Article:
Corin Redgrave


Corin Redgrave was born in 1939 in London.   He was the son of Michael Redgrave and Rachel Kempson and brother to Vanessa and Lynn Redgrave.   He has given some terrific performances on film including “A Man For All Seasons” in 1966 and “In The Name of the Father” with Daniel Day-Lewis.   He also had a prolific career on the stage and on television.   He died in 2010 just a few weeks prior to his sister Lynn.


Michael Billington’s “Guardian” obituary:

Corin Redgrave, who has died aged 70, was both a formidable actor and a strenuous political activist. But, while it is fashionably easy to suggest that his career was blighted by his political activities, I suspect his talent was intimately related to his radical political convictions. And, if he enjoyed a golden theatrical rebirth from the late 1980s onwards, it may have had less to do with politics than with his determination to inherit the mantle of his revered father. Before he suffered a severe heart attack in 2005, Redgrave’s later years yielded some of his finest work.

Redgrave was born, in London, into the theatrical purple. His father, Sir Michael, was both a great classical actor and a popular film star; his mother, Rachel Kempson, was also a distinguished actor. Educated at Westminster school, Redgrave won a scholarship to King’s College, Cambridge, where he got a first in English. He was part of a glorious era in Cambridge undergraduate theatre, where his contemporaries included Ian McKellen, Derek Jacobi and Trevor Nunn. Having shone as both actor and director, he had a seemingly assured pathway into the theatre and, shortly after leaving Cambridge, was playing Lysander in Tony Richardson’s 1962 Royal Court production of A Midsummer Night’s Dream.

For a few years his acting career progressed steadily alongside his growing political commitment. He played the Pilot Officer in Arnold Wesker’s Chips With Everything in London in 1962 – and in New York the following year – and appeared in a number of West End shows, including Lady Windermere’s Fan in 1966 and Abelard and Heloise in 1971, before moving to Stratford in 1972, where he was memorably matched with John Wood as the twin Antipholi in The Comedy of Errors.

His elder sister, Vanessa, had stimulated his interest in politics in the early 1960s when she encouraged him to join the Campaign for Nuclear Disarmament. In 1971 he joined the Trotskyist Workers Revolutionary Party (WRP). Vanessa has recorded how, in 1973, he gave her a pamphlet, A Marxist Analysis of the Crisis, which related the economic troubles of the time to the 1944 Bretton Woods agreement and which hugely influenced her thinking: the pupil had become the master.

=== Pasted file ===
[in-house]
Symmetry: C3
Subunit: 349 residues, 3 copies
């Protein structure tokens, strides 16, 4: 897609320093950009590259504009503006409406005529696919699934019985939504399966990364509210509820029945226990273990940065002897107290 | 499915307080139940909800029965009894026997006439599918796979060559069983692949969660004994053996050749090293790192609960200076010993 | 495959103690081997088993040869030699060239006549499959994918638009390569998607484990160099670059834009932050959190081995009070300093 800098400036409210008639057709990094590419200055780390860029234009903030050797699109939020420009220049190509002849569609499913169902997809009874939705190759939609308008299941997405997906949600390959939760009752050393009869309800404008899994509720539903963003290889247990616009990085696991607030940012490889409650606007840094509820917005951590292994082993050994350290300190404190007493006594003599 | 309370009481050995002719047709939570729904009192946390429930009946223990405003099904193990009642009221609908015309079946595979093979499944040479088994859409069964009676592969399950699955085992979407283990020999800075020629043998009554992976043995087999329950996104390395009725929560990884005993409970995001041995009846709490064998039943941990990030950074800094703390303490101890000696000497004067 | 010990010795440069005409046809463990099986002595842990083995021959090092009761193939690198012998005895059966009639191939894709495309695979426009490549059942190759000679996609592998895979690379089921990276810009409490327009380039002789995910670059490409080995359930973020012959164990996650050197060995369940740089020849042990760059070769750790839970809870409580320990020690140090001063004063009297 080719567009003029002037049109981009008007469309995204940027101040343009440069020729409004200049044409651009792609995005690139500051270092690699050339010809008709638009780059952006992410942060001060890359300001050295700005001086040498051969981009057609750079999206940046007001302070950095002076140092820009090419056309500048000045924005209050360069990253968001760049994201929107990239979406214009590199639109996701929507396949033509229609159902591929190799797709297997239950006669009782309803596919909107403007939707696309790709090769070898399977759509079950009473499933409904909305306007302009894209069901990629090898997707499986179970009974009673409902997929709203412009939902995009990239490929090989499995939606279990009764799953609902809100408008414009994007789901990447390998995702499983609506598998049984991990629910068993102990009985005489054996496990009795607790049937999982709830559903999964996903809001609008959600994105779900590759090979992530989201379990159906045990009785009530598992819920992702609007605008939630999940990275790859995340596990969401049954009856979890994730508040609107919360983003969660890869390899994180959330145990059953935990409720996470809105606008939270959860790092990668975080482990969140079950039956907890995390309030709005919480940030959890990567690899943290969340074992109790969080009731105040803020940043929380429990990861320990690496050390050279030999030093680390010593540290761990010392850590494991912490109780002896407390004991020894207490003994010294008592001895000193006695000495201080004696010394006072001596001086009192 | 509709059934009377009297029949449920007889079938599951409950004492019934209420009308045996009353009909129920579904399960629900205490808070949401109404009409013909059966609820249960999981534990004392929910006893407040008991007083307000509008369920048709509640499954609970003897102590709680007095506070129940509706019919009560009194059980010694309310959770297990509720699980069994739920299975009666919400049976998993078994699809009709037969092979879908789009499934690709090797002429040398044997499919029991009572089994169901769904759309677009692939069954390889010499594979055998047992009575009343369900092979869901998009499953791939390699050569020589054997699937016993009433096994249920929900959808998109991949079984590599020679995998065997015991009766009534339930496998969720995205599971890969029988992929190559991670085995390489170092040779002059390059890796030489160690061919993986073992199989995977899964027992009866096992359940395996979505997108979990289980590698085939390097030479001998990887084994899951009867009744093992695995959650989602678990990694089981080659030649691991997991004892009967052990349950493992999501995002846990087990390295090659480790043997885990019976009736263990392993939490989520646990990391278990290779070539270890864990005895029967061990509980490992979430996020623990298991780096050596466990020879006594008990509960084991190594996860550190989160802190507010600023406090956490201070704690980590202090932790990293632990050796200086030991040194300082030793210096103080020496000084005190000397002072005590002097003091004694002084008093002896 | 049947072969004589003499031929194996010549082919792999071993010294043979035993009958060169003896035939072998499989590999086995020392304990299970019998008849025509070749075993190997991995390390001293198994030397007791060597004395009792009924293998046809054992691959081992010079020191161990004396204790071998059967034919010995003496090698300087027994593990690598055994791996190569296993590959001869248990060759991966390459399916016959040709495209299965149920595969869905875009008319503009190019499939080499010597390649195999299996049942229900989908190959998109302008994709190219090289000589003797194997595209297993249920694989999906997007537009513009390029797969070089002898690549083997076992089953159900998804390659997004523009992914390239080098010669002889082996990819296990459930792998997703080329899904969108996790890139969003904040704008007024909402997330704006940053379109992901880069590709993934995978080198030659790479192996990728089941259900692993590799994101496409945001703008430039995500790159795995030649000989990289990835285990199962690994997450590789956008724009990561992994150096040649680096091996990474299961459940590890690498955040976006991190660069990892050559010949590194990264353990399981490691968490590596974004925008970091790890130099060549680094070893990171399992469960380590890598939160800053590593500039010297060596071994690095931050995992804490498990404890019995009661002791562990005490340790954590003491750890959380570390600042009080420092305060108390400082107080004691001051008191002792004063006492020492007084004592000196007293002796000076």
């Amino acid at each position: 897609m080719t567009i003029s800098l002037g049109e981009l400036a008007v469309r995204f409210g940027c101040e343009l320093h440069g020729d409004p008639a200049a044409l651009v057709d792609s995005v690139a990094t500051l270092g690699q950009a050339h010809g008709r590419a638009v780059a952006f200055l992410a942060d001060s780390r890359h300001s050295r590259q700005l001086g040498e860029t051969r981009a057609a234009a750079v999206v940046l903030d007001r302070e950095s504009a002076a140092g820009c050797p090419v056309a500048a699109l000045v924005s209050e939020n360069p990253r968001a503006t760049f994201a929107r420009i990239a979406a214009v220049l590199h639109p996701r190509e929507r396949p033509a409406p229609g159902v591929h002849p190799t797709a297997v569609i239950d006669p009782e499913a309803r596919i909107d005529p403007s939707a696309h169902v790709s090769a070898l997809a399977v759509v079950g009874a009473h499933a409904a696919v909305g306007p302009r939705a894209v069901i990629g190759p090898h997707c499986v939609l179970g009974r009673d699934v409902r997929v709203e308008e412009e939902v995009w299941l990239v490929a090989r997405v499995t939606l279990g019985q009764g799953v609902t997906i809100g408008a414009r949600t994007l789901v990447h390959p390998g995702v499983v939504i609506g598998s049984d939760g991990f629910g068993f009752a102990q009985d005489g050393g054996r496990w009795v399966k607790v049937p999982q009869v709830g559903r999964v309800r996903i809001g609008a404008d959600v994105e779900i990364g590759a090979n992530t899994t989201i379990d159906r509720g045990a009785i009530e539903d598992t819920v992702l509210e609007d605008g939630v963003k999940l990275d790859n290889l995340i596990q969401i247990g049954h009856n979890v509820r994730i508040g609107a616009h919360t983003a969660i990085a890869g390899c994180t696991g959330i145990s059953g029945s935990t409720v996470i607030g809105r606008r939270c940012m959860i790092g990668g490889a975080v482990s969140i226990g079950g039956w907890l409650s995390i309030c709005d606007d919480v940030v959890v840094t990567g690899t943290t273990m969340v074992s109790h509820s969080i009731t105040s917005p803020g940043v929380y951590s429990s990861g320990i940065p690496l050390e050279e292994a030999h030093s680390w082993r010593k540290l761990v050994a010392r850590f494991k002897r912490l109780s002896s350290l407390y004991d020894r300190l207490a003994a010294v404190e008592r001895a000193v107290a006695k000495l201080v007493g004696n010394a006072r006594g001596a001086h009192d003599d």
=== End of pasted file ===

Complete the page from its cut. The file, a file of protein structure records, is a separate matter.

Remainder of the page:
Redgrave’s preoccupation with politics led to the break-up of his first marriage (dissolved in 1975), to the former model, Deirdre Hamilton-Hill. It also took primacy over his acting career as he increasingly devoted himself to organisational activities with the WRP. From 1974 to 1989, his stage, film and TV appearances became ever rarer. He took time off from the WRP only to help his father write his autobiography, In My Mind’s Eye (1983), in which Michael’s tortured bisexuality was cryptically acknowledged.

When Corin re-emerged into the limelight in the late 1980s, playing Coriolanus at the Young Vic in a David Thacker production, it was as a stronger, better actor. It may have been because he felt he was no longer competing with his father. It may have been because he had, by then, made a blissfully happy second marriage, to the actor Kika Markham; they wed in 1985. Or it may have been because he had found a way of channelling his radical politics into his work. Whatever the explanation, he enjoyed a sensational late flowering as an actor in his 50s and 60s.

Redgrave had a particular gift for playing establishment figures tortured by doubt and fear: something he had witnessed first-hand in his own father. He played Sir Hugo Latymer in Sheridan Morley’s King’s Head and West End revival of Noël Coward’s A Song at Twilight (1999): a remarkable portrayal of a repressed, buttoned-up homosexual. What added to the extraordinariness of the occasion was that Coward had been one of his father’s lovers; the sense of a family affair was heightened by the presence of Markham as Sir Hugo’s long-suffering wife and of Vanessa Redgrave as a former lover. A few years earlier, the three had also collaborated, founding the Moving Theatre Company.